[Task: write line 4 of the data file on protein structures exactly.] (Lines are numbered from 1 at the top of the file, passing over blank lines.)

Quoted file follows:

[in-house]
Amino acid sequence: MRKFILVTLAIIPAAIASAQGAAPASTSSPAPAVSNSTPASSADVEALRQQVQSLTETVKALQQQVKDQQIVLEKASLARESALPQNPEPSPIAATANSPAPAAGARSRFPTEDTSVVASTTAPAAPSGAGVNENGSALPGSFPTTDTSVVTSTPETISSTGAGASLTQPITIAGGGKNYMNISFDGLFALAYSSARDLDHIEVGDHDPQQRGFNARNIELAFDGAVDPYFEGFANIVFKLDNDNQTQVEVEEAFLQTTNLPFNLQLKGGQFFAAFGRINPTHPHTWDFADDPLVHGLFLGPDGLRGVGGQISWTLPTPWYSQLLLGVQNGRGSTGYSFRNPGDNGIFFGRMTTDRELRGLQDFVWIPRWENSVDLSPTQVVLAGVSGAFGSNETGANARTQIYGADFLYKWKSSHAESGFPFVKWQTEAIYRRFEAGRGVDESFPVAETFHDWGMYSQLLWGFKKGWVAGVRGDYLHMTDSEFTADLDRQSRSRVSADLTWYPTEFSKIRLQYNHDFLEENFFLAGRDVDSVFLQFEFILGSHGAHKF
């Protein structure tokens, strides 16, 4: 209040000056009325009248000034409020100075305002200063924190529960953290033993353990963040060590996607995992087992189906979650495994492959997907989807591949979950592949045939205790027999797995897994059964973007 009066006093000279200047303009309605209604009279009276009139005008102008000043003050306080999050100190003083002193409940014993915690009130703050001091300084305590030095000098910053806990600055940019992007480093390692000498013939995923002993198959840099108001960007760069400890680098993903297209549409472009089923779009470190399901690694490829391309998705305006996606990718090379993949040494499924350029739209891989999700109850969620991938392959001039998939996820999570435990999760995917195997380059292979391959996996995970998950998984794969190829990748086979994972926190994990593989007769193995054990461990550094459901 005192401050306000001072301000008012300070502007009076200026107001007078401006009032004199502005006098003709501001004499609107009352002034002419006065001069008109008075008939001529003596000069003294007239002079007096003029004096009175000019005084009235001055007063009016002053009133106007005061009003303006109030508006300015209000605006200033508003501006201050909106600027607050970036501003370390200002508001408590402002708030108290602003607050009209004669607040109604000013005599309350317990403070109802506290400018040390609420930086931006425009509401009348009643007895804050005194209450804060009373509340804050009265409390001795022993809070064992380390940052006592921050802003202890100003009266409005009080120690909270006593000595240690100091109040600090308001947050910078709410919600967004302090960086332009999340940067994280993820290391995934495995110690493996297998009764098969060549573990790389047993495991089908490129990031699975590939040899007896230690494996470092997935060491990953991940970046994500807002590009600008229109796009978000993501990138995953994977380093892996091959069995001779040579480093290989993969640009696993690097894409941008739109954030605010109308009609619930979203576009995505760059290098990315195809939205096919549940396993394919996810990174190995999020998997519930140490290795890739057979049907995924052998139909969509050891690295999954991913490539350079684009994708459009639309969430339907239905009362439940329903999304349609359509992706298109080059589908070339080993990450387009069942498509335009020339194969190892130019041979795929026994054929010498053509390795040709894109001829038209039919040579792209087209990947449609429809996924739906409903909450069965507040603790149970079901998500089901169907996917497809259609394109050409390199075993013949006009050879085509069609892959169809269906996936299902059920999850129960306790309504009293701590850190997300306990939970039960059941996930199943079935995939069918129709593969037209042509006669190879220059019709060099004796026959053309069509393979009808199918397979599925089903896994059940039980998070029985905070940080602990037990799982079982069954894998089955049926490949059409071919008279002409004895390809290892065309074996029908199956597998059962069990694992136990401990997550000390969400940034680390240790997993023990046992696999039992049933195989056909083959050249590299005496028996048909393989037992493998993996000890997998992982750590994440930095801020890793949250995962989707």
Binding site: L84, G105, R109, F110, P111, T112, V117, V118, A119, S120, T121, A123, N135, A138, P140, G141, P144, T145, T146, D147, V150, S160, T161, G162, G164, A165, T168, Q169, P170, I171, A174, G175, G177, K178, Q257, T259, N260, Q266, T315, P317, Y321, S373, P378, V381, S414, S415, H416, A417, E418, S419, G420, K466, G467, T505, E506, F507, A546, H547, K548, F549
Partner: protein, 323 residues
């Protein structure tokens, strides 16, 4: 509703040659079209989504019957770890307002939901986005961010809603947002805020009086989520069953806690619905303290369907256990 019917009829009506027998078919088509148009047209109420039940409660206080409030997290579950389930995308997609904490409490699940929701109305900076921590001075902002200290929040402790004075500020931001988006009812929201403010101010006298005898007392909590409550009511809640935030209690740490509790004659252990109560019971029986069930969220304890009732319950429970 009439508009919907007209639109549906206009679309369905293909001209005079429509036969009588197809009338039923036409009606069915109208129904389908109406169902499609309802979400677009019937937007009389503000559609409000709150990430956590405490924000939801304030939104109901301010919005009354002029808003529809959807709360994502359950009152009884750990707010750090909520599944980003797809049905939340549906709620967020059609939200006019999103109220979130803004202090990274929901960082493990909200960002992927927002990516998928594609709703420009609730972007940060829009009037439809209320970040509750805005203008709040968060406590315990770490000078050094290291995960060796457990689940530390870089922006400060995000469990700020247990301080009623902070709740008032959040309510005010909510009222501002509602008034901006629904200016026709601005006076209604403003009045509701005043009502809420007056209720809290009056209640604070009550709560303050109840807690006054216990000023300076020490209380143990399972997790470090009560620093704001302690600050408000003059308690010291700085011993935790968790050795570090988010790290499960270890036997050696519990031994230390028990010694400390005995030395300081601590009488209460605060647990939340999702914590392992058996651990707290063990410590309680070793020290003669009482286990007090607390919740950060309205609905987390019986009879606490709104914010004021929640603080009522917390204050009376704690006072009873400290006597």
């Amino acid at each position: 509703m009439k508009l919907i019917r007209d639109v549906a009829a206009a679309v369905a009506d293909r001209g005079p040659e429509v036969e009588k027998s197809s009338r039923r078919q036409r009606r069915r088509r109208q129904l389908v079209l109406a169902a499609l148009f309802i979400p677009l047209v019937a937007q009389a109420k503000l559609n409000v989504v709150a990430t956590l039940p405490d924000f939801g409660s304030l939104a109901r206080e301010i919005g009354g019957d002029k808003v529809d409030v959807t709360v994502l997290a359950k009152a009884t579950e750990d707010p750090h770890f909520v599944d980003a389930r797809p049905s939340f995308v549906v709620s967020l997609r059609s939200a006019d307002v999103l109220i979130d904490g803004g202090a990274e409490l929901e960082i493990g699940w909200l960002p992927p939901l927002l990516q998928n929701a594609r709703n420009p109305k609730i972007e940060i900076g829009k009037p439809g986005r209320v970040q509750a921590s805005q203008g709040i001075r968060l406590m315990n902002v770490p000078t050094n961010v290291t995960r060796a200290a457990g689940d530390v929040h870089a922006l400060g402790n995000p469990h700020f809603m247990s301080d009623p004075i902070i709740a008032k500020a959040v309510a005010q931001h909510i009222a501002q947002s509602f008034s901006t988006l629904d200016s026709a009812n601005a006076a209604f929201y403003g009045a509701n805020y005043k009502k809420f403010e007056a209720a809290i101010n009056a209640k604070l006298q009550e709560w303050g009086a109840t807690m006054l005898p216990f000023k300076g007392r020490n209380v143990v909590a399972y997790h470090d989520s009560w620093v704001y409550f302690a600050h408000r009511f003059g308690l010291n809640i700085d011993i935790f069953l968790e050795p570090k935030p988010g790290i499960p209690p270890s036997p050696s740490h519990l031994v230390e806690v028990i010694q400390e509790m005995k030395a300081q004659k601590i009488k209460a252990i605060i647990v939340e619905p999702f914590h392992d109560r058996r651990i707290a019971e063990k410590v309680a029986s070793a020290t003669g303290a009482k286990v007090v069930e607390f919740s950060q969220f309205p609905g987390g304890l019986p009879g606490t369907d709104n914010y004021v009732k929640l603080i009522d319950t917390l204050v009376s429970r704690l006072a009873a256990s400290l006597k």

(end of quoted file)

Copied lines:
Binding site: L84, G105, R109, F110, P111, T112, V117, V118, A119, S120, T121, A123, N135, A138, P140, G141, P144, T145, T146, D147, V150, S160, T161, G162, G164, A165, T168, Q169, P170, I171, A174, G175, G177, K178, Q257, T259, N260, Q266, T315, P317, Y321, S373, P378, V381, S414, S415, H416, A417, E418, S419, G420, K466, G467, T505, E506, F507, A546, H547, K548, F549